I see a theme with many couples I work with. This theme is that of intimacy anorexia, love, sex addiction and codependency. Traditionally, it has been believed and thought that a man struggling with intimacy anorexia is to carry the burden and blame for not pursuing his wife emotionally, relationally, sexually and spiritually. For the most part, I agree with this perspective, as the intimacy anorexic has neglected most of these areas, and his wife finds herself in a loveless, sexless marriage. She is not to blame and cannot change him or motivate him.
However, I have also noticed, for whatever reason, many passive anorexic men are married to strong, assertive, and dominate women. This dynamic creates an interesting system. A system in which a passive man meets and falls in love with an assertive woman. At the beginning of the marriage, this creates a codependent system which works for a while until what appeared to be a blessing now becomes a burden to them both.
She now begins to accuse him of being lazy, unloving, and never pursuing her. She is most likely verbal about it. He sees her as needy, controlling and mothering. Both begin to resent each other. She does not want to have sex, because her emotional needs are not getting met by him. He does not want to emotionally connect, because there has been no sex.
Underneath all of this is his intimacy anorexia which is fueled by his offended heart that is at war with her. Waring with her as she wars back only justifies his distance, so the dualistic dance begins of who is right and who is wrong. All or nothing, either/or, and him versus her. Most often, the passive intimacy anorexic man gets to burden the blame, thus, is the only one who needs to make some changes if the relationship is to survive.
To me, this thinking is much too simplistic and codependent‑to believe that if only he would change this or that she would open her heart while she does nothing. I believe both will need to make some changes and take responsibility for their own character defects.
The character defect of a passive, anorexic man is that he generally under communicates, if he communicates at all. He does not share his thoughts, feelings or ideas. Most often, he does not give the best of his time and attention to his wife but neither to God. At work, he is loved by all and good at his job. At home, he may act lazy and never uses his full potential. He may also allow his negative emotions about his wife dictate how he acts, such as fear, anger, disappointment, resentment or offendedness, which only fuels his intimacy anorexia.
For a woman who married a man like this, she is usually able to express her thoughts and feelings easily but also allows her negative emotions about her silent, non-assertive husband get out of hand at times. She does not experience this amazing man that is displayed in public. His passivity makes her anxious and insecure which creates feelings of worthlessness, resentment and offendedness.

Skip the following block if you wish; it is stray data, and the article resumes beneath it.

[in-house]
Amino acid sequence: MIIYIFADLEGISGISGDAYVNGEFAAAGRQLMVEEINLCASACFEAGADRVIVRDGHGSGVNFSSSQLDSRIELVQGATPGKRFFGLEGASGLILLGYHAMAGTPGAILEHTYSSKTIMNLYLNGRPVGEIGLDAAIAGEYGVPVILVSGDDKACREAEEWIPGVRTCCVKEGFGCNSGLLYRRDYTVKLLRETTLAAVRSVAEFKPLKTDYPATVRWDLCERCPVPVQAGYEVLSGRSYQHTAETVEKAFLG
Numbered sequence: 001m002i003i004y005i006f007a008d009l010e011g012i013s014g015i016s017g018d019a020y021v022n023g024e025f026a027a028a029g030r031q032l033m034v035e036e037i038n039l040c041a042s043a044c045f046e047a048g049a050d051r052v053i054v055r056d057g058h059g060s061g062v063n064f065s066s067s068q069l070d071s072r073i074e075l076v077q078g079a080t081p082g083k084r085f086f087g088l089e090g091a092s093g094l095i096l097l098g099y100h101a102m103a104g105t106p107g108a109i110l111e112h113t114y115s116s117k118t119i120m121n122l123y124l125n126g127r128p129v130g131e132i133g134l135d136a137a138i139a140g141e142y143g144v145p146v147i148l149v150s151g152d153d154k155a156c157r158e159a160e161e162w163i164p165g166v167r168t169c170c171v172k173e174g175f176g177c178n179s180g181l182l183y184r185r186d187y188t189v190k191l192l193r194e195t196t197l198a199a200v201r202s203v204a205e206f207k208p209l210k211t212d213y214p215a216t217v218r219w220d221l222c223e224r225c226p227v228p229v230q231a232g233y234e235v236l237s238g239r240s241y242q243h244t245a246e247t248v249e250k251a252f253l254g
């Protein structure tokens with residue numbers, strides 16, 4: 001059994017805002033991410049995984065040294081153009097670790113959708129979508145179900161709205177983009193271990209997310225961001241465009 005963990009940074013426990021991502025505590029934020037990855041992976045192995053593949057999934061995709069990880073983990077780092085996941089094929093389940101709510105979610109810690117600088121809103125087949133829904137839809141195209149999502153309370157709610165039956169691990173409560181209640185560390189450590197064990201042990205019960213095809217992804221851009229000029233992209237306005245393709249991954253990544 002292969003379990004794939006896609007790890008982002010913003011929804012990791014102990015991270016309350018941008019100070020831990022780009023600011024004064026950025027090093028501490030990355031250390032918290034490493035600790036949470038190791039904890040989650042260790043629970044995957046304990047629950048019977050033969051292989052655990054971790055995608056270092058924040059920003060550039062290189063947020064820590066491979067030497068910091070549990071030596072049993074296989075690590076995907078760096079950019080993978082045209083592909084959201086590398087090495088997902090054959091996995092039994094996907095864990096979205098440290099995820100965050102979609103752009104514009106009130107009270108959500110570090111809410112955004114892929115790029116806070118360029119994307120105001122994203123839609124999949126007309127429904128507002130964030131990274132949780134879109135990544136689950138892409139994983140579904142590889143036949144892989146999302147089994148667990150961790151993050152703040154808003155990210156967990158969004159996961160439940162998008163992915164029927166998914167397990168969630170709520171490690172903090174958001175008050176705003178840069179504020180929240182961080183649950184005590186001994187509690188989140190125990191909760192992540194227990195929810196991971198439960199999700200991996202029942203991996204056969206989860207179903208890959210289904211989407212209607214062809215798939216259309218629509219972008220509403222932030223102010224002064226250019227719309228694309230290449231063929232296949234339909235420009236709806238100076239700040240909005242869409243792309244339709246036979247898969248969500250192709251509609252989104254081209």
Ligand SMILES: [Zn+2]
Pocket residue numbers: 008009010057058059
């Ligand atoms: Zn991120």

He promises he will get things done around the house but never does since he is tired, and other priorities come first. However, this behavior shows her he has no integrity, is dishonest, and can’t be trusted. She may feel he is a liar. Most women believe if he is lying about small things, the logical conclusion is that he is probably lying about other big things.
He feels disrespected, so he may either over spend or restrict her spending. She also may not like the word “no,” especially around financial limitations or budgets. She may even feel he is “financially abusive” and uses money to control her, which only makes her more assertive due to this insecurity. She escalates to get her needs met. He then shuts down in silence and avoidance or meets her level of anger.
She feels unheard, invalidated and unloved. He feels suffocated, not good enough and disrespected. Both feel powerless, hopeless, and worn out. They may both want out. Both are offended, and both are deceived. [Read our book, Offended Deceived Addicted]
What is the solution? How does this get corrected? How do they reconcile? Many couples stay married and miserable, or they get divorced, because it’s just too difficult or too much work.
However, some seek restoration and reconciliation by seeking professional help. Stop fighting each other. Stop seeing your spouse as the enemy. Start seeing your spouse as a teammate Start fighting together for your marriage! Humble yourself and begin to take responsibility for your own thoughts, feelings and behaviors. Stop asking when is my spouse going to change and start asking when am I going to change.
Take the offended assessment today.
Cory Schortzman is an author, speaker, teacher and licensed mental health professional. Since 2008, he has served as the Executive Director of Transformed Hearts Counseling Center in Colorado Springs, CO. He is the founder of SARA, the Sexual Addiction Recovery Association. Cory is passionate about helping couples and individuals overcome sex addiction. He is also passionate about bringing awareness to the public and supporting the elimination of sex and human trafficking. Cory has been married since 1998 to his beautiful wife, Kerry, and lives in Colorado with their four daughters. He and Kerry have been seen on the CBS Early Show, Inside Edition, and ABC Good Morning America, Fox 21 News, and TLC/Discovery discussing the harm of sex addiction and the joys of recovery. He has also been heard on numerous radio programs.
Cory’s books include: Out of the Darkness, Into the Light the Workbook, Into the Light the Steps, Ashes to Beauty the Steps, 301 Dating Ideas, 301 Conversational Ideas, 301 Ways to Say I Love You, 301 Ways to Love Your Children & 301 Recovery Tools & Tips.